People Living Longer

Life expectancies have increased significantly in developed countries. Someone who retires at 65 today can expect to live 15-20 more years on average. People are staying healthier later into life compared to decades ago. This enables more people to work past traditional retirement ages.

Financial Reasons

Many workers cite financial reasons for delaying retirement. Specifically:

  • Pensions have become less common. In the U.S., only 23% of workers have a traditional pension, compared to 38% in 1995.
  • Lower interest rates have made it harder to accumulate retirement savings.
  • Inadequate retirement savings force about 33-50% of American workers to keep working longer.
  • Working longer increases Social Security benefits. Each additional year of work up to age 70 results in an 8% increase in annual SS income.
  • More workers face debt like mortgages and college loans in old age that require extra income.

Basically, the shift away from employer pensions plus longer lives have made retirement more expensive. Working longer helps close the financial gap.

Few Mandatory Retirement Ages

In the past, many companies had set retirement ages of usually 65. The default was employees automatically retiring at that point. However, age-based mandatory retirement has been largely banned in the U.S. Age discrimination laws require employers to make decisions based on individual performance, not age.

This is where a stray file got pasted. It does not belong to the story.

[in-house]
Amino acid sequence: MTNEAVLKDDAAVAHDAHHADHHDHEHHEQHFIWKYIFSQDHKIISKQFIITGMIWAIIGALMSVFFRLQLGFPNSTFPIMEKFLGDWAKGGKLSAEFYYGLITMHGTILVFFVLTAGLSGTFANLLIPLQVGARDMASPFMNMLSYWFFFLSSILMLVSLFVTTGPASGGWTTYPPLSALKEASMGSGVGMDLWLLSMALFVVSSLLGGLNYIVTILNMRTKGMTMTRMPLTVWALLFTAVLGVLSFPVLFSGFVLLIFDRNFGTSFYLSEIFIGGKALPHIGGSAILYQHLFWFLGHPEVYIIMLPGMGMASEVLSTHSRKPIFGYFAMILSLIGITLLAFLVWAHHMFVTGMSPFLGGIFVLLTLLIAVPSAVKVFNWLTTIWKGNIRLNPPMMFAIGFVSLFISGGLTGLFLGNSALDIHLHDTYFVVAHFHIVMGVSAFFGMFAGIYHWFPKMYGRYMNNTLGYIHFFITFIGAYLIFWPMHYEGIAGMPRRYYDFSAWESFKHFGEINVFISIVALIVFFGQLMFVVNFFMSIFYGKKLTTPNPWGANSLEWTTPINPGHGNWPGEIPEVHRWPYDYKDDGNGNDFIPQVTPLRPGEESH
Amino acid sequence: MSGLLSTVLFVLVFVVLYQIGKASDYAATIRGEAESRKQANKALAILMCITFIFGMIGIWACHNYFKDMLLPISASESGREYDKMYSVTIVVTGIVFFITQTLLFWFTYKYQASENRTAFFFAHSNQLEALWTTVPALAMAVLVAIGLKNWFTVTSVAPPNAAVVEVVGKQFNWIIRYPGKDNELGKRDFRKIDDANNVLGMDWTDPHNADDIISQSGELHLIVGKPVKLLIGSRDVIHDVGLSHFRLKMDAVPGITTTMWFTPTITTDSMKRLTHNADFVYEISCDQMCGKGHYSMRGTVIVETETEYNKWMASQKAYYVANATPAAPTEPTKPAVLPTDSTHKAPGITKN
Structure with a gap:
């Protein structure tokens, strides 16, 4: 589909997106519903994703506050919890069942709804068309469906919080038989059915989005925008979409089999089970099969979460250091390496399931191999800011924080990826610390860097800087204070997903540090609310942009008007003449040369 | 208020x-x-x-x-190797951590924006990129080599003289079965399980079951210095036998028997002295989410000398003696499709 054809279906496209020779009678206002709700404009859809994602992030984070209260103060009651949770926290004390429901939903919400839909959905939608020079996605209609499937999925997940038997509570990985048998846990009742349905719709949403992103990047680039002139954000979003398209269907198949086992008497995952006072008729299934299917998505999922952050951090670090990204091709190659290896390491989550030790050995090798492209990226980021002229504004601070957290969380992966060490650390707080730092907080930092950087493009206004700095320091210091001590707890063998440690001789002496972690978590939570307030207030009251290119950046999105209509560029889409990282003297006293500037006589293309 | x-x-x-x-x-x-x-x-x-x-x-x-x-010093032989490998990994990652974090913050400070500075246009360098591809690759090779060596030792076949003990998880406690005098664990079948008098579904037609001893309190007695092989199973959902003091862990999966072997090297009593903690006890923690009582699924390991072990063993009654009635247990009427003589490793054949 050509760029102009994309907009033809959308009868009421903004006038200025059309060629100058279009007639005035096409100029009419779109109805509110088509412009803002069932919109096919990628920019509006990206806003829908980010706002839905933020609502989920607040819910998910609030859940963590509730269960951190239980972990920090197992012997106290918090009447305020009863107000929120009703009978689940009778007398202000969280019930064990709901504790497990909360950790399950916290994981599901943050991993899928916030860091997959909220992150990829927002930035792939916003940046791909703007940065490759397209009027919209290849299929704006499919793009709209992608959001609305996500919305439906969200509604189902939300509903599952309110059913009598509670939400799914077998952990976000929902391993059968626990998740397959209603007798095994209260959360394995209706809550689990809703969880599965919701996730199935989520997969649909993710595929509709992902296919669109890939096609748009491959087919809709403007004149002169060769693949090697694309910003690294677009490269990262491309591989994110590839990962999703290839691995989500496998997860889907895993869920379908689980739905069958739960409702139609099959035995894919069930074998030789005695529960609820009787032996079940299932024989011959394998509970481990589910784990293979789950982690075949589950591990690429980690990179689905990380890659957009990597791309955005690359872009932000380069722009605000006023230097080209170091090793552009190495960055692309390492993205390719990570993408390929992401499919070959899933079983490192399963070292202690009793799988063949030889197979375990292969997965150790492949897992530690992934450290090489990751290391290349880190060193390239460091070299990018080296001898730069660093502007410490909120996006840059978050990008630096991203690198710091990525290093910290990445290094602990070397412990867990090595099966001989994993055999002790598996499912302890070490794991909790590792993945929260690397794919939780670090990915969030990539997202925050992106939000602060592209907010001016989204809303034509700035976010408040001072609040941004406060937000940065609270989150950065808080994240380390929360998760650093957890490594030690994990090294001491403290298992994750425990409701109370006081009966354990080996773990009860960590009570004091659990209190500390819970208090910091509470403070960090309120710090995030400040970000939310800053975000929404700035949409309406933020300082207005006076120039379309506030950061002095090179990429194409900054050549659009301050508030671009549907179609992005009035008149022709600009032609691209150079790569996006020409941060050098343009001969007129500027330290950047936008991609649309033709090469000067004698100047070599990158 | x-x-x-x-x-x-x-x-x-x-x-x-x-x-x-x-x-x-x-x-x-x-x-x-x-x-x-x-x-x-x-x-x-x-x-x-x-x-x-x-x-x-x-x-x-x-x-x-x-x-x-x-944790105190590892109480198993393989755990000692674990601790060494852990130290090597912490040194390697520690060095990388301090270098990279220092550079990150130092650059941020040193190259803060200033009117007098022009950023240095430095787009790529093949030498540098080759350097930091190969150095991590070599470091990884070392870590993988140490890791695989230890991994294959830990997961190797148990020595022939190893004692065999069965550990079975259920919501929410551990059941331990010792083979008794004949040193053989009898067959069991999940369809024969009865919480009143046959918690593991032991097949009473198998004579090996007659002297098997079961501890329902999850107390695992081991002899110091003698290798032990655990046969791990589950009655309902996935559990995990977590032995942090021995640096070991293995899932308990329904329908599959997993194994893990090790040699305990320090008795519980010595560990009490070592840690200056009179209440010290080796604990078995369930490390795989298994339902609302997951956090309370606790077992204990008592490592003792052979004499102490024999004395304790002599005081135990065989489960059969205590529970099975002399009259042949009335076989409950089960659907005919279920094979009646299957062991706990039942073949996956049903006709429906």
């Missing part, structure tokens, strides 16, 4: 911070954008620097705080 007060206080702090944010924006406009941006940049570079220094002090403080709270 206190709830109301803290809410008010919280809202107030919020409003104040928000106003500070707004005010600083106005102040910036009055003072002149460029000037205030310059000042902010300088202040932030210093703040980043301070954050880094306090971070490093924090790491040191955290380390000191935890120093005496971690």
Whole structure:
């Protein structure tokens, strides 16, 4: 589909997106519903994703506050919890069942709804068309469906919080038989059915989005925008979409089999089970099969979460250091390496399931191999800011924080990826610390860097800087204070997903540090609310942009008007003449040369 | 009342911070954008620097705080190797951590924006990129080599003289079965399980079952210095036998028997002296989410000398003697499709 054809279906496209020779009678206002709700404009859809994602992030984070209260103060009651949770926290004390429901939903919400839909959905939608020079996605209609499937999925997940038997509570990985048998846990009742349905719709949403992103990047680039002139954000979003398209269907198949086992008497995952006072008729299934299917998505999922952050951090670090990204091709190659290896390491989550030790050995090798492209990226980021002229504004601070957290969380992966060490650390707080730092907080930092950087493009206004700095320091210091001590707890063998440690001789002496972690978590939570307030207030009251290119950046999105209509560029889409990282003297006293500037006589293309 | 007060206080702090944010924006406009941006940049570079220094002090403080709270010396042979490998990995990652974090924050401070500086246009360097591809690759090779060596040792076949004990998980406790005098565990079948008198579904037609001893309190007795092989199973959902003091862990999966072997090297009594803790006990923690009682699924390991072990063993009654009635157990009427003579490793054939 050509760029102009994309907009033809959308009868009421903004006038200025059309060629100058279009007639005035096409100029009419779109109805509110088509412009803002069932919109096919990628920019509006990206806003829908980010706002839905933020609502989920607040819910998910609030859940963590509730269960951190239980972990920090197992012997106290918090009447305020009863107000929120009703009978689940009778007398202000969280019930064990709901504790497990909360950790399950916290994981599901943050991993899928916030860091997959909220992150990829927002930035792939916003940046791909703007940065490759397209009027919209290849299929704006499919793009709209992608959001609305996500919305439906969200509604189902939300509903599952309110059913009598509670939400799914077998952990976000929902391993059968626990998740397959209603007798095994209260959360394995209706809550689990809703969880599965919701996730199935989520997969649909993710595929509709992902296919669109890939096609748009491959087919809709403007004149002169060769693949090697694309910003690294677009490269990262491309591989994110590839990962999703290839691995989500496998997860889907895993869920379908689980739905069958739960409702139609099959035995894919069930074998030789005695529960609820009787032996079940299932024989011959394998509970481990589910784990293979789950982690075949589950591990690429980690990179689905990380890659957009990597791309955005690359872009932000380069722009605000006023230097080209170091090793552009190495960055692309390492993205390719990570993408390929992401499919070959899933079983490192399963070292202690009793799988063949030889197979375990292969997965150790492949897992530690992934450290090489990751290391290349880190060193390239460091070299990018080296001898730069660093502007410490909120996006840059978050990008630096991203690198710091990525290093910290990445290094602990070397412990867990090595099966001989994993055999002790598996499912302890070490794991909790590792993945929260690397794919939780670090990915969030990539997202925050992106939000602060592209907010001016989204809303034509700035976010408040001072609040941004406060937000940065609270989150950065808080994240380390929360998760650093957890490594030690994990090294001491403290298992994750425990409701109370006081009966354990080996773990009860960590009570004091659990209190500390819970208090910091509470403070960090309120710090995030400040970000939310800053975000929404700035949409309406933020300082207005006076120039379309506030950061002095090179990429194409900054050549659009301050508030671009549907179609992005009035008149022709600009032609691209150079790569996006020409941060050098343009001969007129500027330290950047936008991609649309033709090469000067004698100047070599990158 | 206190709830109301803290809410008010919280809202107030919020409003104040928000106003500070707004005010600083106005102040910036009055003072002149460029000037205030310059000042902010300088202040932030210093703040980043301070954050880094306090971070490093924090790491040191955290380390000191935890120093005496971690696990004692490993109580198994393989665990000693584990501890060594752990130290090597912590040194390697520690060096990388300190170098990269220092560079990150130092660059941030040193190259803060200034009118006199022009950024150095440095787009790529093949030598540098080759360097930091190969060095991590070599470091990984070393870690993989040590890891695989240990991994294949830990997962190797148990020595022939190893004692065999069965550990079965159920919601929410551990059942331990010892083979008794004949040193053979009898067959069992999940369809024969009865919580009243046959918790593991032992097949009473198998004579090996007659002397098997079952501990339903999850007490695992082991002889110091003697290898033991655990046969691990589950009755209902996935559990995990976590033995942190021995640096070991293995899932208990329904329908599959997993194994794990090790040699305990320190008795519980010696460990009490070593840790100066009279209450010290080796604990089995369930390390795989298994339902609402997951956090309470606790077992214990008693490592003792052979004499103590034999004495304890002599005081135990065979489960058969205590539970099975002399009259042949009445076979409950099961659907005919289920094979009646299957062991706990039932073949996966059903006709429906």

Without forced retirement, workers can decide if they want to keep working. Most change to part-time roles. The lack of mandatory retirement gives more flexibility.

Desire for Purpose and Fulfillment

For some older workers, continuing to work gives a sense of purpose. Surveys show the social interactions, friendships, and feeling of usefulness provided at work are big reasons retirees return to the workforce. Many seek “bridge jobs” that provide fulfillment without as much stress.


While 65 is seen as a milestone age for retirement in many countries, its significance has declined over time. Longer life spans, inadequate retirement savings, bans on mandatory retirement ages, and a desire to keep active have led to a trend toward delayed retirement. However, age 65 remains an important eligibility age for social welfare benefits. The future may see retirement ages increase to reflect longer lives. But for now, age 65 still roughly marks the transition from work to retirement.